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James D. Porter, Confederate Military History, a library of Confederate States Military History: Volume 7.1, Tennessee (ed. Clement Anselm Evans) 8 2 Browse Search
Robert Underwood Johnson, Clarence Clough Buell, Battles and Leaders of the Civil War. Volume 3. 1 1 Browse Search
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Robert Underwood Johnson, Clarence Clough Buell, Battles and Leaders of the Civil War. Volume 3., The opposing forces at Perryville, Ky., October 8th, 1862. (search)
s: k, 68; w, 272; m, 7 = 347. Second Brigade, Brig.-Gen. A. P. Stewart: 4th Tenn., Col. O. F. Strahl; 5th Tenn., Col. C. D. Venable; 24th Tenn., Lieut.-Col. H. L. W. Bratton; 31st Tenn., Col. E. E. Tansil; 33d Tenn., Col. W. P. Jones; Miss. Battery, Capt. T. J. Stanford. Brigade loss: k, 62; w, 340; m, 26 = 428. Third Brigade, Brig.-Gen. George Maney: 41st Ga., Col. Charles A. McDaniel (w), Maj. John Knight; 1st Tenn., Col. H. R. Field; 6th Tenn., Col. George C. Porter; 9th Tenn., Lieut.-Col. John W. Buford (w), Major George W. Kelsoe; 27th Tenn., Lieut.-Col. W. Frierson (w), Major A. C. Allen; Miss. Battery, Lieut. William B. Turner. Brigade loss: k, 136; w, 517; m, 34 = 687. cavalry Brigade, Col. John A. Wharton: 1st Ky. (3 co's),----; The dash indicates that the name of the commanding officer has not been found in the Official Records.--editors. 4th Tenn.,----; 8th Tex.,----. Brigade loss (not separately reported). left wing, Maj.-Gen. William J. Hardee. Second division,
Jones. The Third brigade, Maney's, had one Georgia regiment in addition to the First Tennessee, Col. H. R. Feild; Sixth, Col. George C. Porter; Ninth, Lieut.-Col. John W. Buford; Twenty-seventh, Lieut.-Col. W. Frierson. The Fourth brigade, Gen. Preston Smith, was detached, but the Thirteenth Tennessee, Colonel Vaughan, appears hem in advance of the regiment across the field, where he too was killed. The Ninth Tennessee suffered a loss of 154. Among the wounded were the gallant Col. John W. Buford, Capts. J. W. Hubbard, C. B. Simonton, H. C. Irby, J. L. Hall and H. A. Rogers; and among the dead were Capt. J. M. McDonald, Lieuts. P. J. Fitzpatrick, W. T. Sanler, James I. Hall, J. M. Mathews and D. M. Bell. After the fall of Colonel Buford the command of the regiment devolved on Maj. George W. Kelsoe, who led it skillfully and courageously. The Twenty-seventh was commanded by Lieutenant-Colonel Frierson until disabled, when he was succeeded by Maj. A. C. Allen. The story of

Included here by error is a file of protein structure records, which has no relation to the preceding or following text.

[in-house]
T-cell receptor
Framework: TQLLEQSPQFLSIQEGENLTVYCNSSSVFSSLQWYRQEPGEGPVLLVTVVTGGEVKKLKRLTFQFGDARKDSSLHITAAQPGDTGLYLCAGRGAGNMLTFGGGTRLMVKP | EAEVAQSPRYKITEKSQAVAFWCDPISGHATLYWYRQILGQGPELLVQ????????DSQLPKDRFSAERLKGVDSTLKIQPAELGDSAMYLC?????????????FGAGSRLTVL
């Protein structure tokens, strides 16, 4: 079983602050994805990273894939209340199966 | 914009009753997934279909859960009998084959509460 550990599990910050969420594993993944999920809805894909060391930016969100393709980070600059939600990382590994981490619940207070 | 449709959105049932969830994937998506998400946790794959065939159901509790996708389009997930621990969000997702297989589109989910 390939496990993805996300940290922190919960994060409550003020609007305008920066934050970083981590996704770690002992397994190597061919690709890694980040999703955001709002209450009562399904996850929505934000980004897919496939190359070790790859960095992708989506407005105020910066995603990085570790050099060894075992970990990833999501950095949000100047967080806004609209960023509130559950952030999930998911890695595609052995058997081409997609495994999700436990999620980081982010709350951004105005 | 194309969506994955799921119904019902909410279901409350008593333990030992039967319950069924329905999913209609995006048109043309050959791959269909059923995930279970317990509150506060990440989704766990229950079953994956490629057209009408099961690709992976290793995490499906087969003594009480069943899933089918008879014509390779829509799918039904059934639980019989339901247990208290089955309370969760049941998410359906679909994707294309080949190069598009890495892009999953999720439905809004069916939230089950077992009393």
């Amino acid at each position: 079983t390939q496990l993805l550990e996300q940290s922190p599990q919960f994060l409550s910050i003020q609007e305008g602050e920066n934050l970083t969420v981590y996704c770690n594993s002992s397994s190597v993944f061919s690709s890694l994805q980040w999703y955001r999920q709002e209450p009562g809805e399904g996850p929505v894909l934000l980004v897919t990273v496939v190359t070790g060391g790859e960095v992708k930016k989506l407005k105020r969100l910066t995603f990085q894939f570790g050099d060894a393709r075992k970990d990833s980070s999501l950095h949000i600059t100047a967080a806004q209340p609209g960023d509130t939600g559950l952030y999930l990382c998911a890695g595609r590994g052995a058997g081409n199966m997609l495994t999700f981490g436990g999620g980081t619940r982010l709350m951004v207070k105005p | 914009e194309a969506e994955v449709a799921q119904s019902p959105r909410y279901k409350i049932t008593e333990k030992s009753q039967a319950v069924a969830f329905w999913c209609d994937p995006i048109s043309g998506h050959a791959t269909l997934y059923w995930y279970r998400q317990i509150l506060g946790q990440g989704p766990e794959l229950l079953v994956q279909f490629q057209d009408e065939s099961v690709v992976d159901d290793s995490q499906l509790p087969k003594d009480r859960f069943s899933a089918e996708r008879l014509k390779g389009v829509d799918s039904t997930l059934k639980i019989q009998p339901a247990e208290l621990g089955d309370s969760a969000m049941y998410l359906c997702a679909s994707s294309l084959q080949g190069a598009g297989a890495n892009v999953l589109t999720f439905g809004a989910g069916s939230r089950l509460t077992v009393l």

of Lee's army, abandoned his position on the Rappahannock. As late as the 17th of June he telegraphed the generalin-chief at Washington: In your opinion is there any foundation for the report that the Confederates are at Chambersburg, Pa.? On the 27th he was relieved and Maj.-Gen. George C. Meade was assigned to the command of the army of the Potomac. The army was already in motion. When General Hill advanced on Gettysburg on the morning of the 1st of July, he found it in possession of Buford's Federal cavalry and the First, Third and Eleventh army corps under Major-General Reynolds. Major-General Heth, in advance, stated that his division was disposed as follows: Archer's Tennessee brigade on the right, with Davis' brigade on the left, both in line of battle, Pettigrew's and Brockenbrough's in reserve. On the right of the turnpike Archer encountered heavy masses in his front, and his gallant little brigade, after being almost surrounded by superior forces in front and on both f
r, Newsom, Barteau and Wilson. General Forrest in his account of the battle of Fort Pillow says: I cannot compliment too highly the conduct of Colonels Bell and McCulloch and the officers and men of their brigades which composed the forces of Brigadier-General Chalmers. They fought with courage and intrepidity, and without bayonets assaulted and carried one of the strongest fortifications in the country. In his report of the brilliant victory at Tishomingo creek, Forrest declares that General Buford had abundant reason to be proud of his brigade commanders, Colonels Lyon and Bell, who displayed great gallantry during the day. Forrest again speaks in a complimentary manner of Bell at the battle of Harrisburg, in the Tupelo campaign, a battle in which, though repulsed, Forrest gained the substantial fruits of victory by breaking up the strongest of all the Federal expeditions into north Mississippi during 1864. Still later, Forrest made an expedition along the Tennessee river in Oct